Throughout much of Africa, there has been immense concern that large herbivore and carnivore populations have been affected by habitat fragmentation, anthropogenic pressures, and possibly climatic conditions and hunting. In 2011, EWB began their herbivore ecology research by collaring buffalo, giraffe and zebra in both the Okavango Delta and Chobe National Park, providing ideal locations from which to base comparative studies, to begin to understand the factors affecting wildlife populations. Now, EWB’s projects are monitoring wildlife throughout Northern Botswana, incorporating Msc, Doctoral and Post-doctoral collaborative students from Universities around the globe. The research projects form the basis of long-term, multi-species wildlife research monitoring programs.
Wildlife surveys have shown a declining trend in Botswana’s giraffe population over the past ten years, particularly in the Okavango Delta. Whilst ecological information is available for giraffe populations elsewhere, the giraffe of northern Botswana have, until now, been neglected as a focus for ecological studies. EWB has initiated the first dedicated giraffe ecology study in the country. In collaboration with the Giraffe Conservation Foundation, Kylie Mcqualter, a PhD candidate from the University of New South Wales is conducting a comparative study examining the density and distribution, demography, ecology, behavior and social organization of giraffe populations occupying two vastly different environments, the Chobe National Park, where giraffe numbers appear to be stable and in wildlife concession NG26 in the Okavango Delta.
Meet the researcher on Research Team
Migrations & Habitat Fragmentation
Habitat fragmentation affects large mammals when their movement between patches or areas of suitable habitat is impeded or prevented. Barriers may result from changes in land use or land cover through settlement, cultivation or overgrazing, and possibly the erection of fences. These barriers affect ecological and evolutionary processes, while constraints on the seasonal movements and migrations of species can have major implications on their abundance and thus on other species and ecological processes in the area they inhabit. Remarkably little research has been carried out on animal movements across northern Botswana, and even less on the long-term ecological and economic implications of the effects of disrupting movements and migrations of large mammals.
EWB is presently conducting in depth studies at large spatial and temporal scales, investigating the migration routes of zebra, buffalo and wildebeest, while identifying critical wildlife corridors. These studies will aid in assessing the impacts of current land use polices and practices on the long-term sustainability of northern Botswana’s migratory species.
Okavango Delta Herbivores & Flooding Regimes
While Botswana experiences a 30-year drought cycle, in contrast, the flooding regime in the Delta has steadily increased over the past 12 years from a low to a high flooding cycle, resulting in a dramatic change of grazing habitat during the flooding season. Thus, many of the marginal grassland areas have been converted to floodplains of unpalatable sedges. EWB’s aerial survey trend analysis has shown a decline in grazing herbivores in the Delta, over the last 15 years. The main species that are of concern are the grazers that depend on the green flush of the floodplains: buffalo, red lechwe, tsessebe, wildebeest and zebra.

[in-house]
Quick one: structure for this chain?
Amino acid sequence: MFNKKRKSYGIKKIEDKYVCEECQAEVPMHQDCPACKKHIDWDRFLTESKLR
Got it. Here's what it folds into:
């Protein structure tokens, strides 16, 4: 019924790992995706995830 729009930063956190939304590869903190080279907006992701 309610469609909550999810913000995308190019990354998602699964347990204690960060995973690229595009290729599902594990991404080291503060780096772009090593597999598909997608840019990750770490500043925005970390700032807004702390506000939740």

To help understand what may be a driving factor in the population declines in the Delta, EWB is supporting researcher Kyle Burger, studying at the University of Witwatersrand who is examining the relationship of grazing herbivores and their environment, the effect of flooding on the vegetation composition, vegetation change on wildlife population trends, and how certain grazing herbivores move in relation to the flooding parameters in the delta. Thus far, the project is monitoring zebra, buffalo, and for the first time in the country, red lechwe, who have already revealed remarkable movements in relation to the changing floods. Meet the researcher on our Research Team
Roan, sable and tsessebe are considered woodland species and presently there is very little information available within northern Botswana for these particular species, other than anecdotal observations. All three species are of conservation concern at the national level because of their estimated low numbers and the various small subpopulations making up the national metapopulation are isolated from one another. Botswana’s roan population is only about 1,500 animals, its sable population estimated at 3,000 and its tsessebe population may be one of the largest yet in Africa – of the same order as Zambia’s at about 10,000 animals, but yet still are found in isolated pockets. Thus far, as part of EWB’s program focusing on Botswana’s Forest Reserves, satellite-monitoring collars have been deployed on sable and roan within the Chobe district, where both species appear to be increasing in numbers. However, further research will be undertaken, as an understanding of what factors cause animal populations to increase, decrease or remain stable is fundamental to the species restoration and conservation, which we believe should be based upon sound studies of the species’ population ecology and habitat requirements.
Artificial Waterhole Monitoring
Artificial waterholes were put in place by the Department of Wildlife and National Parks (DWNP,) in an attempt to ease pressure off the Chobe riverfront of both tourist vehicle use and to provide water for wildlife in other areas of the Park. EWB, working in conjunction with the DWNP, have started a pilot project to monitor the wildlife utilizing the waterholes, during the day and night, and the impacts they may have. Further information will be provided as the project progresses.